Data Analysis

The standard deviation (STD) and standard error (SE) of mean were calculated utilizing formula in the Microsoft Excel program. The Student’s T-Test was utilized to calculate the p values. The p value < 0.05 is considered statistically significant.


This cohort of comprise of 83 patients with T2D, with an average age of 70.1 years (SD +/- 9.64), and 36% are women. The outcome data are summarized in Table 1. They are, at the time of diagnosis of diabetes.

Observation 1 (at the time of diagnosis of T2D)

The average BMI (kg/m2) was 32.83 ( SE +/- 0.7), systolic blood pressure was 135.98 mm of Hg (SE +/- 2.15), diastolic blood pressure was 76.52 mm of Hg (SE+/- 1.22), HbA1c was 7.4% (SE +/- 0.16), fasting blood glucose was 136.59 mg/dl (SE+/- 4.74), HDL cholesterol was 44.93 (SE +/_ 1.39), LDL cholesterol was 88.08 mg/dl (SE +/- 3.46), triglyceride (*patients (n = 2) with triglyceride level > 500 mg/dl are excluded for this analysis) was 151.74 mg/dl (SE +/- 8.23), triglyceride (**participants (n = 2) with triglyceride level > 500 mg/dl are included in this analysis) was 173 mg/dl (SE +/- 22.94). Before adopting the lifestyle of plant-based diet.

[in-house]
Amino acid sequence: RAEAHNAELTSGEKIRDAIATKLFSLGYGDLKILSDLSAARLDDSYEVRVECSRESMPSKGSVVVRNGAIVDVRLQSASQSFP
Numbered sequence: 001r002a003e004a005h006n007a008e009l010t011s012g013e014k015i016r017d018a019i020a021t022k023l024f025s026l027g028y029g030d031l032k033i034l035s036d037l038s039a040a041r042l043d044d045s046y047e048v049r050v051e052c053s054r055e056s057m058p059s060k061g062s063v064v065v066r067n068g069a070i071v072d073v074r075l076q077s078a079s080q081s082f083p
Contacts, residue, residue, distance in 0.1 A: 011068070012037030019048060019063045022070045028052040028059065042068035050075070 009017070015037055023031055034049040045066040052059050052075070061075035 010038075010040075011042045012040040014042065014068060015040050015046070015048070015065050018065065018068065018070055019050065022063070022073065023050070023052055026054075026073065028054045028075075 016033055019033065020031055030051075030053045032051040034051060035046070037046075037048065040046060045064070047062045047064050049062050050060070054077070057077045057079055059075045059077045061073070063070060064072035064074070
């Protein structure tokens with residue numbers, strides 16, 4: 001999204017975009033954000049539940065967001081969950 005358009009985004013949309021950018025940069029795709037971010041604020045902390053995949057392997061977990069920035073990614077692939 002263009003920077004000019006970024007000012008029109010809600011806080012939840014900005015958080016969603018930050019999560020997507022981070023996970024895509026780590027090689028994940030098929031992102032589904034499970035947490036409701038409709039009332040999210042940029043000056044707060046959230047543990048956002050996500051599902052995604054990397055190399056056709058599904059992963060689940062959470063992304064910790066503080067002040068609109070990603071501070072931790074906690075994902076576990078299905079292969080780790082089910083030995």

Observation 2 (immediately before starting on Plant-Based diet)

The BMI (kg/m2) was 33.02 (SE +/- 0.76), systolic blood pressure was 130.44 mm of Hg (SE +/- 2.04), diastolic blood pressure was 73.10 mm of Hg (SE +/- 1.22), HbA1c was 7.19% (SE +/- 0.12), fasting glucose was 138.01 mg/dl (SE +/- 4.67), HDL cholesterol was 43.94 mg/dl (SE +/- 1.28), LDL cholesterol was 80.09 mg/dl (SE +/- 4.09), triglyceride (*participants (n = 4) with triglyceride level > 500 mg/dl are excluded from this analysis) cholesterol mg/dl was 142.19 mg/dl (SE +/- 9.53), triglyceride (**participants (n = 4) with triglyceride > 500 mg/dl are included in this analysis) was 155.61 mg/dl (SE +/- 13.05).